Panel Speakers: Langford, A., Vieria, D. and Aird, C.
For decades, certain populations have been underrepresented in biomedical research (e.g., older adults and people who self-identify as Black and/or Hispanic). The reasons for this underrepresentation in biomedical research are complex, but include lack of knowledge about research, disparities in access to high-quality, reliable, and relevant health information; limited access to high-quality clinical care, and lack of explicit invitations to participate in clinical trials. Another important fact that affects representation in biomedical research is trust in health professionals and science (or the lack thereof), particularly among minoritized groups. This panel brings together professionals with deep expertise in public health, library science, and community engagement. In our presentation, we will highlight various approaches to building and maintaining trust among diverse communities. We will also debunk common myths related to achieving diversity, equity, and inclusion in medical research. First, we will present a general conceptual model for clinical trial participation that can be applied to various disease and behavioral contexts. Second, we will introduce the ASK (Assume, Seek, Know) approach for enhancing participation in biomedical research: (1) assume that all patients will want to know their options, (2) seek the counsel of stakeholders, and (3) know your numbers. Third, we will provide real-world examples of successful community and stakeholder engagement. Finally and most importantly, a medical librarian and community health educator will share lessons learned from advising and collaborating on biomedical research projects conducted with racially/ethnically- and age diverse populations.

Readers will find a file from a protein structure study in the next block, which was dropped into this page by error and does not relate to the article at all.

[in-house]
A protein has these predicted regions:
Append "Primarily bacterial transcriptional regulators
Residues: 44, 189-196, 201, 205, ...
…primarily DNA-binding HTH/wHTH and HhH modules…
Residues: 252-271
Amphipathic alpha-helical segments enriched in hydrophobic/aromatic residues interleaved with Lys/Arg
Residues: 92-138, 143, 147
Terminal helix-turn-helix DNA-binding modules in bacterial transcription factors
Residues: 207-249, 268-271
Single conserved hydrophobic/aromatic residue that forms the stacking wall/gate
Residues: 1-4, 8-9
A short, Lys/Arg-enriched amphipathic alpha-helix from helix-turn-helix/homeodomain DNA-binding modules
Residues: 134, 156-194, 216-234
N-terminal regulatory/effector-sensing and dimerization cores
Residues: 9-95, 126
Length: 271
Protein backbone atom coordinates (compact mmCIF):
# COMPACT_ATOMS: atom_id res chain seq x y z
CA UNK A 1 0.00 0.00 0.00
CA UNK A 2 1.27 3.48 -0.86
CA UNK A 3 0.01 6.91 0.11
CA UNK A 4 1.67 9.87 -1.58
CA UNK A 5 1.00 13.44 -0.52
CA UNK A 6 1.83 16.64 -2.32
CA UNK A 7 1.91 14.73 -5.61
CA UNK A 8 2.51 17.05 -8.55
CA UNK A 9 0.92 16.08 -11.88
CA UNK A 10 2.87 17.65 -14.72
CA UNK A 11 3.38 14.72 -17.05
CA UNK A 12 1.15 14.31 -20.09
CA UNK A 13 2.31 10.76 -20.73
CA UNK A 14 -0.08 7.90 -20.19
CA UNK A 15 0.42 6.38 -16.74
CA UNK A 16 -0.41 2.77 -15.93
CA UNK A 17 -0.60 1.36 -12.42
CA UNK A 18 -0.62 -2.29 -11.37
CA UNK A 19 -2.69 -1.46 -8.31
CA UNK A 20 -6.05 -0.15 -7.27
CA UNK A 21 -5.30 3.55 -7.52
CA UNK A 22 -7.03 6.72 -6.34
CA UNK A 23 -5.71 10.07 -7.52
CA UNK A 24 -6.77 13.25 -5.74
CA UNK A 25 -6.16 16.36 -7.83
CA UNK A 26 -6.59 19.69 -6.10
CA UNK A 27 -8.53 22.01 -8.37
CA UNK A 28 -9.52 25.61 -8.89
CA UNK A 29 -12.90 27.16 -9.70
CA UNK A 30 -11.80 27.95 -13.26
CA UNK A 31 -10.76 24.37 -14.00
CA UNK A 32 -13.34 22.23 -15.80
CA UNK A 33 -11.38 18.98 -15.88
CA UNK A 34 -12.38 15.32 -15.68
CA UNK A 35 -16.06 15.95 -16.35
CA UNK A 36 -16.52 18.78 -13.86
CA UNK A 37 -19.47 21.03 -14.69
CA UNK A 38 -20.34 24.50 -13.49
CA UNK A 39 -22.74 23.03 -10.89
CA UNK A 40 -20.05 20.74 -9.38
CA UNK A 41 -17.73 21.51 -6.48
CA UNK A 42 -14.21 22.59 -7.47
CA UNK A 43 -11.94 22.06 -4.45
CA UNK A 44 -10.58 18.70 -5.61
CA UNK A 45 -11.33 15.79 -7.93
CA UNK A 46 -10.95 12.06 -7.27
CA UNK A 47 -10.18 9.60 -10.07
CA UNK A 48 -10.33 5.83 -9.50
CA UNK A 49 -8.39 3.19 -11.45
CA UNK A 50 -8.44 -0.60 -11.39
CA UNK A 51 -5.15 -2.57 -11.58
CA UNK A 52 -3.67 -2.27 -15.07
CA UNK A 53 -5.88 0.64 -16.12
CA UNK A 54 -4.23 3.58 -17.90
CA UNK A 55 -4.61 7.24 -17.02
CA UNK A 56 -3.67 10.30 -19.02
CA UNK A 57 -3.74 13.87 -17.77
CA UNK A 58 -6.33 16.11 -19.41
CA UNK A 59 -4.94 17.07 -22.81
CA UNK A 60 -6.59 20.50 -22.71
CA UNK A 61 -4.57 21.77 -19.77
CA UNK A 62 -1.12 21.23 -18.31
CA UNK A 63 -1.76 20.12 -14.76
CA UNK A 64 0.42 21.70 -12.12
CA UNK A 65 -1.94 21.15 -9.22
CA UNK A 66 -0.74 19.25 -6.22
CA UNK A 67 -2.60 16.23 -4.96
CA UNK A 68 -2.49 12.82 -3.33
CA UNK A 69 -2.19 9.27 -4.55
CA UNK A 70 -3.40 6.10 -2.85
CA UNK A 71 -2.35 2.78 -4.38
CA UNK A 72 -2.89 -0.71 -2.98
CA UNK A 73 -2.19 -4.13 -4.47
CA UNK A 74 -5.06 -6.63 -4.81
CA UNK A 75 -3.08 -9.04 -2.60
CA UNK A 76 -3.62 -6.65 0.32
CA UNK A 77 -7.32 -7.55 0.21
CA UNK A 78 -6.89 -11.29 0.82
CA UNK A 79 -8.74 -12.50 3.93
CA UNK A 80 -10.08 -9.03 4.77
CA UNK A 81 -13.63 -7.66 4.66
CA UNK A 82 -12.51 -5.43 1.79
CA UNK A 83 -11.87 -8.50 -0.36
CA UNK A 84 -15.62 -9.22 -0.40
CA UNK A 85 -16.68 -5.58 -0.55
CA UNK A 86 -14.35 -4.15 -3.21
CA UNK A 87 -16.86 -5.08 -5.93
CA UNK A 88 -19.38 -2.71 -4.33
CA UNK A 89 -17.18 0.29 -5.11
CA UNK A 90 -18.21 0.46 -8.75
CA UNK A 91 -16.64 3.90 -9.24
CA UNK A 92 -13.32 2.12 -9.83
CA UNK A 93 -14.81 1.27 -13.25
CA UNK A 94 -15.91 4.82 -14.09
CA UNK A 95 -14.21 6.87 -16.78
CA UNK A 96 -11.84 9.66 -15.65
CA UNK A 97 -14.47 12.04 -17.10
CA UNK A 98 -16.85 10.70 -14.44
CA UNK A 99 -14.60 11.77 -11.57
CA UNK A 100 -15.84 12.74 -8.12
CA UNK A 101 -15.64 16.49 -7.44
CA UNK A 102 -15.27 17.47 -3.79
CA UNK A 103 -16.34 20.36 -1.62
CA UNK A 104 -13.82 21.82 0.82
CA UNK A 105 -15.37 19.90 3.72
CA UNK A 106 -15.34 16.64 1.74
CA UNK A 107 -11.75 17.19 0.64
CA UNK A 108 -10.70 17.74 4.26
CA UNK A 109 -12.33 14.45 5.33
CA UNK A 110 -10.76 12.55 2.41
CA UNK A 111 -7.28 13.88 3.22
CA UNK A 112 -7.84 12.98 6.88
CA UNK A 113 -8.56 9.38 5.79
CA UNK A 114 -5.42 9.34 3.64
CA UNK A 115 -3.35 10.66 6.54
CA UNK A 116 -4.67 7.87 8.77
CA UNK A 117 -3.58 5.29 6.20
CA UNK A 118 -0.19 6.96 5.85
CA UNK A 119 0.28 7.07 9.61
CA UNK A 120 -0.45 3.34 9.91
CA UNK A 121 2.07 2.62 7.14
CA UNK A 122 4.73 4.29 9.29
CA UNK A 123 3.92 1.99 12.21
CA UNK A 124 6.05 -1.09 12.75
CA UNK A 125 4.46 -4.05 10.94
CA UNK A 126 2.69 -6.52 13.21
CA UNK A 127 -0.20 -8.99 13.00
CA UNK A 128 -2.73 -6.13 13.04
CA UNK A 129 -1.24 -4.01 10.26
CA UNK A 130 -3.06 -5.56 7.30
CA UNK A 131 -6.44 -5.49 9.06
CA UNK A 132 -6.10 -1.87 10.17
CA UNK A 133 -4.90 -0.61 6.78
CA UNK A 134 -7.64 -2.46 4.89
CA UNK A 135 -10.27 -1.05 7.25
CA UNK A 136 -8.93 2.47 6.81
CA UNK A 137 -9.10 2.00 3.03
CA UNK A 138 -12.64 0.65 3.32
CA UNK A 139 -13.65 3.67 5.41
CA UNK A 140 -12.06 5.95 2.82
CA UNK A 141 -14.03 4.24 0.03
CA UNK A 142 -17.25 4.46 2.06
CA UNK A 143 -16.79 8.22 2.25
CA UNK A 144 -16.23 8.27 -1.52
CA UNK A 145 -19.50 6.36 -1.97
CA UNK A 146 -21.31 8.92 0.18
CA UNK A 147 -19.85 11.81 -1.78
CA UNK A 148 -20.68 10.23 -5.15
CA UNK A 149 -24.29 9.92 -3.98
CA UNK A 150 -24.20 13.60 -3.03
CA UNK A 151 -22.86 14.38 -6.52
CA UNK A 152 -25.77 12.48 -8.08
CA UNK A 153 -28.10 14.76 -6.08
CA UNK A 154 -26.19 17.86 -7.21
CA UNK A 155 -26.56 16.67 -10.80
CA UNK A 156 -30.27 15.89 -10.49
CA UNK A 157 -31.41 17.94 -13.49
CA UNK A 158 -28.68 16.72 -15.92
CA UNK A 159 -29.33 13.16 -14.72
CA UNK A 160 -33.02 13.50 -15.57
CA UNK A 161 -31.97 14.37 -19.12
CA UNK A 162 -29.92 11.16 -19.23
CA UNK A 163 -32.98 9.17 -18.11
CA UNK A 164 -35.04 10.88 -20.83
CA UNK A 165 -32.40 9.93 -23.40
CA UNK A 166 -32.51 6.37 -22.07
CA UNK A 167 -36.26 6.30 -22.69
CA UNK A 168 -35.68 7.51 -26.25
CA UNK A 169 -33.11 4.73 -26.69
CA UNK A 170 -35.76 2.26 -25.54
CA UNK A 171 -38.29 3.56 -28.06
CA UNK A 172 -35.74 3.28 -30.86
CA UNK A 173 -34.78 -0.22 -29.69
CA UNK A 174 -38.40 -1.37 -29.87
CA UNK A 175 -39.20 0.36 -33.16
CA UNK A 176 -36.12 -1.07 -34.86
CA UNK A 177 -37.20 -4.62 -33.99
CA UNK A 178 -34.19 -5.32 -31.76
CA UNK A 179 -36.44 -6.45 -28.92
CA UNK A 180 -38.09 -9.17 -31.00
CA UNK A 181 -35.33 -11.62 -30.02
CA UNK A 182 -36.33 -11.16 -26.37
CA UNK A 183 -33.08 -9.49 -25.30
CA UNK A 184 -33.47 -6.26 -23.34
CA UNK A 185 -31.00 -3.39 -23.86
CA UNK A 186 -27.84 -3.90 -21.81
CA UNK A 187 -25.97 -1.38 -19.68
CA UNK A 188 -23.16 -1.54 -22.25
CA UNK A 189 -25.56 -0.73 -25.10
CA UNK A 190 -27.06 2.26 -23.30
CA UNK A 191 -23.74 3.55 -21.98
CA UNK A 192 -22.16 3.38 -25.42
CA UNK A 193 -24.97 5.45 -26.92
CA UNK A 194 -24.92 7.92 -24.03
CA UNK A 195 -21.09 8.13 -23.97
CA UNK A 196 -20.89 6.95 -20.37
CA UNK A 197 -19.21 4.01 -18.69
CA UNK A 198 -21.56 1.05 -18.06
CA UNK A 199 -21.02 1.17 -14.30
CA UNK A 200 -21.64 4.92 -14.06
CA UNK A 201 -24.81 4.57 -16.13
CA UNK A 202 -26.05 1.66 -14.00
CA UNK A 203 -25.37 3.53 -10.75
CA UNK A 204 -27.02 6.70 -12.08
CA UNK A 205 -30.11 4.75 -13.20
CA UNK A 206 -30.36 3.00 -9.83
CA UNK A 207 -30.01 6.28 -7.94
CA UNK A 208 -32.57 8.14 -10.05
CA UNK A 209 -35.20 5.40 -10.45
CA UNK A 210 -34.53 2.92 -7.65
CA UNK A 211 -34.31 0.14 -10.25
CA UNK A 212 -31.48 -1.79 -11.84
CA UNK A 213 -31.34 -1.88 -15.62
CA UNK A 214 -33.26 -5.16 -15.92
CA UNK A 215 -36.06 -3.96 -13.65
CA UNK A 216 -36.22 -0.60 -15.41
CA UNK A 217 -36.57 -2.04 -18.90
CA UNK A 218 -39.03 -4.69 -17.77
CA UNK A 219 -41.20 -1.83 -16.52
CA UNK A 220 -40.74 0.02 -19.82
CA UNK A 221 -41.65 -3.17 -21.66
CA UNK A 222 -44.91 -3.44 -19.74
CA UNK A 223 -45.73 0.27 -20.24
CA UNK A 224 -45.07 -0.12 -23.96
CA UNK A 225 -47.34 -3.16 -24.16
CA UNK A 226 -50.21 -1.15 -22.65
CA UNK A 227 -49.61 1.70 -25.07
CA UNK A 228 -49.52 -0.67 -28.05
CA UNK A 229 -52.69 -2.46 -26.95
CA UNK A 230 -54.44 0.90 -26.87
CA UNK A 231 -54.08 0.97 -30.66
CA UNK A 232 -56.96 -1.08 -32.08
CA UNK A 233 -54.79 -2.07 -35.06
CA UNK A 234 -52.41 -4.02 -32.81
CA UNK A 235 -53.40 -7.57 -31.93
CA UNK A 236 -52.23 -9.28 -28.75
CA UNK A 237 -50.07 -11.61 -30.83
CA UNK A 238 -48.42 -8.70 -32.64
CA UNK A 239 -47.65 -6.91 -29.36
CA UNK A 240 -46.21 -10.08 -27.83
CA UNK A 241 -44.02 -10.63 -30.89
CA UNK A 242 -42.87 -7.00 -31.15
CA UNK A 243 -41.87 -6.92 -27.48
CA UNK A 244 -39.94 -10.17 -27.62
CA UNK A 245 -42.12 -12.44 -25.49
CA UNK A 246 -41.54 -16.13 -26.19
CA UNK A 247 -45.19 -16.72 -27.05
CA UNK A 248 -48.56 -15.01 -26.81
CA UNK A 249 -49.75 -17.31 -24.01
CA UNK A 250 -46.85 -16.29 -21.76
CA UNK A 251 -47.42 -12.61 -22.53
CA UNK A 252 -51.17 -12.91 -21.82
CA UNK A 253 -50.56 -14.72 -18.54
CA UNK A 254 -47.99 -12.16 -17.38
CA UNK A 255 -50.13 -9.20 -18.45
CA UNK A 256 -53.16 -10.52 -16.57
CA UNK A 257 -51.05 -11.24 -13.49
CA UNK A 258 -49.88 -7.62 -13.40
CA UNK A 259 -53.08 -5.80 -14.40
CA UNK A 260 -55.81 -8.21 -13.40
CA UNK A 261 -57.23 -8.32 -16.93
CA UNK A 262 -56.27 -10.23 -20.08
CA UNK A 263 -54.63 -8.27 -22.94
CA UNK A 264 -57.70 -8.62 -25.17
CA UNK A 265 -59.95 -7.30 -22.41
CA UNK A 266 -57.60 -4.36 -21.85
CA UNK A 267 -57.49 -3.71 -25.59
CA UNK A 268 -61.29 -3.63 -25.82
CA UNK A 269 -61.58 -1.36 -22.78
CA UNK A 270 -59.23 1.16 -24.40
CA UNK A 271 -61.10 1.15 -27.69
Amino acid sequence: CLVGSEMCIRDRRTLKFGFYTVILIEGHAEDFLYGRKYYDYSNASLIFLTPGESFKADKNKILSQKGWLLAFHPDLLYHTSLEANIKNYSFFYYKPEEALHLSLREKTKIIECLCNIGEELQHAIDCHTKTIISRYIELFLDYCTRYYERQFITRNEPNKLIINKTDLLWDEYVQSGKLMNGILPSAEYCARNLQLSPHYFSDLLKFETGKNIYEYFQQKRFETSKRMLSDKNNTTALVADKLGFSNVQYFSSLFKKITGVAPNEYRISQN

After this presentation, participants will be able to:
1. Define the difference between trust, mistrust, and distrust
2. Explain 1 strategy for working collaboratively with your target population
3. Describe the benefits of having librarians and health educators on research teams
4. Communicate 1 approach for improving health literacy and access to health information